This Is Your Brain On Music: Understanding a Human Obsession
Daniel J. Levitin
Understanding why we like music and what draws us to it is a window on the essence of human nature
Even when music doesn’t transport us to an emotional place that is transcendent, music can change our mood.
Stevie Wonder told me in 1996 that when he’s performing, he tries to get himself into the same frame of mind and “frame of heart” that he was in when he wrote the song; he tries to capture the same feelings and sentiment, and that helps him to deliver the performance. What this means in terms of how he sings or plays differently is something no one knows. From a neuroscientific perspective, though, this makes perfect sense. As we’ve seen, remembering music involves setting the neurons that were originally active in the perception of a piece of music back to their original state—reactivating their particular pattern of connectivity, and getting the firing rates as close as possible to their original levels.
An essential point bears repeating, however: All of us are expert musical listeners, able to make quite subtle determinations of what we like and don’t like, even when we’re unable to articulate the reasons why.
Più vado avanti nella vita, più mi rendo conto di essere fisicamente dipendente dalla musica. Nel senso che spesso anche se arrivo a casa la sera stanco morto, bisogna che prima di dormire mi ascolti una mezz’oretta di musica camminando in tondo.
Questo libro è uno dei più incredibili che abbia mai letto, e spiega come reagiamo alla musica, cosa la musica rappresenta per noi, la storia del rapporto tra la musica e l’uomo, eccetera.
In alcuni punti è abbastanza tecnico (sia in termini musicali, sia in termini neurologici), ma si riesce a seguire sempre e… ne vale la pena.
Golden Holocaust: Origins of the Cigarette Catastrophe and the Case for Abolition
Robert N. Proctor
Mechanization and addiction are the two principal reasons cigarettes are among the most lucrative products ever sold. Hence again that famous comment from Warren Buffett, defending his takeover of R. J. Reynolds: “I’ll tell you why I like the cigarette business. It costs a penny to make. Sell it for a dollar. It’s addictive.”
“Most people will be surprised to learn that tobacco was a large part of the Marshall Plan to rebuild Europe. The total value of all goods shipped to Europe from 1947 through 1951 was about $13 billion, about $1 billion of which was tobacco. Nearly a third (!) of all “food-related” funding in the plan went for tobacco.”
Goerlitz then asked whether any of the company’s executives smoke and got this answer: “Are you kidding? We reserve that right for the poor, the young, the black and the stupid.”
“There’s an old saying in the food business, that people will eat almost anything if you grind it up fine enough.”
“What difference does it really make that a company is adding dangerous chemicals if “natural” tobacco is already super-deadly? American Spirit’s much-hyped “natural” cigarettes are no less deadly than any other kind, despite having a Native American on the pack.”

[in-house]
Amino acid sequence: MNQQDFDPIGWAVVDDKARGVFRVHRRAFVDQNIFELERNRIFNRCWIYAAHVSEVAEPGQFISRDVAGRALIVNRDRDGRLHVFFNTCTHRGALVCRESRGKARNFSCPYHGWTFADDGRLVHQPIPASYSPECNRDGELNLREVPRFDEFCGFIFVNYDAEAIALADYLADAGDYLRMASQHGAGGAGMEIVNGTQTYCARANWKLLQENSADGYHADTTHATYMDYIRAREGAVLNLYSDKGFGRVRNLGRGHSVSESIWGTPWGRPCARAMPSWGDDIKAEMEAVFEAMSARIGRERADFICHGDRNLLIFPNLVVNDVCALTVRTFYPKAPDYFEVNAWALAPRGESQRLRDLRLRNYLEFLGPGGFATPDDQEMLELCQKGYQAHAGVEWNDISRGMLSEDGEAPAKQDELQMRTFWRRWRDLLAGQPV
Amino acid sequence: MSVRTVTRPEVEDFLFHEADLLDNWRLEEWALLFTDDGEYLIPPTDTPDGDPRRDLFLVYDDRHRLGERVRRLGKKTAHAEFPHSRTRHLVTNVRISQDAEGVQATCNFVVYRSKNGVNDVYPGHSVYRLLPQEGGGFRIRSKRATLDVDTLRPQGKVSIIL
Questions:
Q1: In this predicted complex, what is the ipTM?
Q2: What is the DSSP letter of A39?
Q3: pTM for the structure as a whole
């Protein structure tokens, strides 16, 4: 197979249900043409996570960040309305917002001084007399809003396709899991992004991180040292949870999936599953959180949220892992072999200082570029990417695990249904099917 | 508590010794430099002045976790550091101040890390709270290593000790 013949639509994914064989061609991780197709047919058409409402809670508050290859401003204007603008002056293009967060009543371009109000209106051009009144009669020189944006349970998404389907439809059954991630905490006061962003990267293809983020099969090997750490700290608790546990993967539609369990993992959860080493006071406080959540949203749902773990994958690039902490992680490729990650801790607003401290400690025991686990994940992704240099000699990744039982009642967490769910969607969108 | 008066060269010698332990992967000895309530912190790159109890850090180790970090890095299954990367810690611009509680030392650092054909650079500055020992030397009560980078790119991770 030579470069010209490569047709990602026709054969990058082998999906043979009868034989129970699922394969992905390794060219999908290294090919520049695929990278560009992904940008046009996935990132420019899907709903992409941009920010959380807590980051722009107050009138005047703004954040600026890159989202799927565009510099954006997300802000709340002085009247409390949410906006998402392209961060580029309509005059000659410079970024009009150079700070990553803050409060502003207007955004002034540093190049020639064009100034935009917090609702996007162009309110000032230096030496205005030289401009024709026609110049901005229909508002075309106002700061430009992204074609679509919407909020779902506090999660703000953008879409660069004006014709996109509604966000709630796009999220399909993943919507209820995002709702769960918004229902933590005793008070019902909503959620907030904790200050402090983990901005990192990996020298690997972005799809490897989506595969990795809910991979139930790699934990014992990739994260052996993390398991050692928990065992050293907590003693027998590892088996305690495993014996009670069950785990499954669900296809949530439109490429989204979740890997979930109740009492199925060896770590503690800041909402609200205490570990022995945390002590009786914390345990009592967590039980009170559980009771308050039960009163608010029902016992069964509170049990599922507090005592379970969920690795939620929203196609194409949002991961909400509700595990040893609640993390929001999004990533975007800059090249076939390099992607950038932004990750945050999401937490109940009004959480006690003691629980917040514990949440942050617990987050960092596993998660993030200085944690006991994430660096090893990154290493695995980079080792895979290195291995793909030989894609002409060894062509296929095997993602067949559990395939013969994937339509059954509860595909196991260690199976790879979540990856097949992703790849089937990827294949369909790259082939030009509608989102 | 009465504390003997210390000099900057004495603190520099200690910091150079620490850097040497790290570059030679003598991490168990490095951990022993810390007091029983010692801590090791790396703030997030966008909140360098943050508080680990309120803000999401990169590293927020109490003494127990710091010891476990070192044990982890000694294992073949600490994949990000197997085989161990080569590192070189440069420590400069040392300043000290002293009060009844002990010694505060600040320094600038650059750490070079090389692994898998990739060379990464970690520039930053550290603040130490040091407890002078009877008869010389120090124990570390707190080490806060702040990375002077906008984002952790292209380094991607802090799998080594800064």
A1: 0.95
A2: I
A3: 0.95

” Of course given how low the bar is for cigarette safety, almost anything will appear “safer” by comparison. Talk of “safer cigarettes” is rather like talking about safer terrorism, or safer smallpox, or safer forms of drowning: it’s oxymoronic. “
Questo libro è stato un toccasana in un mese in cui sulla mia bacheca facebook sembrava fossero tutti intenditori di trivelle, diritto marittimo, idrocarburi, eccetera. Mi ha ricordato che quando si tratta di ripulirsi la coscienza con una crocetta sono tutti in prima linea, quando invece si può fare qualcosa di concreto (e complesso) nella propria vita, stranamente non si vede nessuno.
The Year of Living Biblically: One Man’s Humble Quest to Follow the Bible as Literally as Possible
It’s a beautiful passage, but I feel odd uttering it. I’ve rarely said the word Lord, unless it’s followed by of the Rings. I don’t often say God without preceding it with Oh my.
In short, I don’t think I can be debated into believing in God. Which presents a problem, because the Bible commands you not only to believe in God but to love Him. It commands this over and over again. So how do I follow that? Can I turn on a belief as if it flows out of a spiritual spigot?
Here’s my plan: In college I also learned about the theory of cognitive dissonance. This says, in part, if you behave in a certain way, your beliefs will eventually change to conform to your behavior. So that’s what I’m trying to do. If I act like I’m faithful and God loving for several months, then maybe I’ll become faithful and God loving. If I pray every day, then maybe I’ll start to believe in the Being to whom I’m praying.
That’s one thing I’ve noticed this year. I can rationalize almost anything.
Per farsi un’idea di quanto possa essere divertente il libro, consiglio questo video su Youtube in cui si vede Jacobs durante il suo anno biblico.
Tullio Pinelli, Leo Benvenuti, Piero De Bernardi
Post lungo ma fantastico in cui Tim Ferriss parla di come ha costruito il suo podcast.
Ogni tanto me lo rileggo sempre volentieri: uno dei migliori violinisti del mondo si veste da barbone, prende il suo Stradivari, va a suonare nella metro di Washington… E guadagna la bellezza di 32,17 dollari.